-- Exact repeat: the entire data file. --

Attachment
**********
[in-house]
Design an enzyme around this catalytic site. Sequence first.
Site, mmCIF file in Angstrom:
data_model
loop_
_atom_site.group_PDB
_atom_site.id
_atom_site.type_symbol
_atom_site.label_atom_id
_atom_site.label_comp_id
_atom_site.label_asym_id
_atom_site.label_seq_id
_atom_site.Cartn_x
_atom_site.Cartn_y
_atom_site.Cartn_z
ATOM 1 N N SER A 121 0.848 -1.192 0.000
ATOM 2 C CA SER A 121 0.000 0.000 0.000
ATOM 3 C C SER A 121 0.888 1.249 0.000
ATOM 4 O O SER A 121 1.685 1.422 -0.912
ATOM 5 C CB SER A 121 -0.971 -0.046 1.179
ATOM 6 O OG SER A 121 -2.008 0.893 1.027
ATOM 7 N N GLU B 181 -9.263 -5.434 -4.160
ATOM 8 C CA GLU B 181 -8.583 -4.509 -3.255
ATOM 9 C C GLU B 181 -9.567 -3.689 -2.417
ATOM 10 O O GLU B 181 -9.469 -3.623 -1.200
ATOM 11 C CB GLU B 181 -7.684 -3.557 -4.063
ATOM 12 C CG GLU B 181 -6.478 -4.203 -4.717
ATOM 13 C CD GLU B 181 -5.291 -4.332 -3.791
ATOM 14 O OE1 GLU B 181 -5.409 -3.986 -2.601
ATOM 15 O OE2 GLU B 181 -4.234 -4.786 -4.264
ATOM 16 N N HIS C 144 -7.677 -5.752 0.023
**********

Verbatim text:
[in-house]
Design an enzyme around this catalytic site. Sequence first.
Site, mmCIF file in Angstrom:
data_model
loop_
_atom_site.group_PDB
_atom_site.id
_atom_site.type_symbol
_atom_site.label_atom_id
_atom_site.label_comp_id
_atom_site.label_asym_id
_atom_site.label_seq_id
_atom_site.Cartn_x
_atom_site.Cartn_y
_atom_site.Cartn_z
ATOM 1 N N SER A 121 0.848 -1.192 0.000
ATOM 2 C CA SER A 121 0.000 0.000 0.000
ATOM 3 C C SER A 121 0.888 1.249 0.000
ATOM 4 O O SER A 121 1.685 1.422 -0.912
ATOM 5 C CB SER A 121 -0.971 -0.046 1.179
ATOM 6 O OG SER A 121 -2.008 0.893 1.027
ATOM 7 N N GLU B 181 -9.263 -5.434 -4.160
ATOM 8 C CA GLU B 181 -8.583 -4.509 -3.255
ATOM 9 C C GLU B 181 -9.567 -3.689 -2.417
ATOM 10 O O GLU B 181 -9.469 -3.623 -1.200
ATOM 11 C CB GLU B 181 -7.684 -3.557 -4.063
ATOM 12 C CG GLU B 181 -6.478 -4.203 -4.717
ATOM 13 C CD GLU B 181 -5.291 -4.332 -3.791
ATOM 14 O OE1 GLU B 181 -5.409 -3.986 -2.601
ATOM 15 O OE2 GLU B 181 -4.234 -4.786 -4.264
ATOM 16 N N HIS C 144 -7.677 -5.752 0.023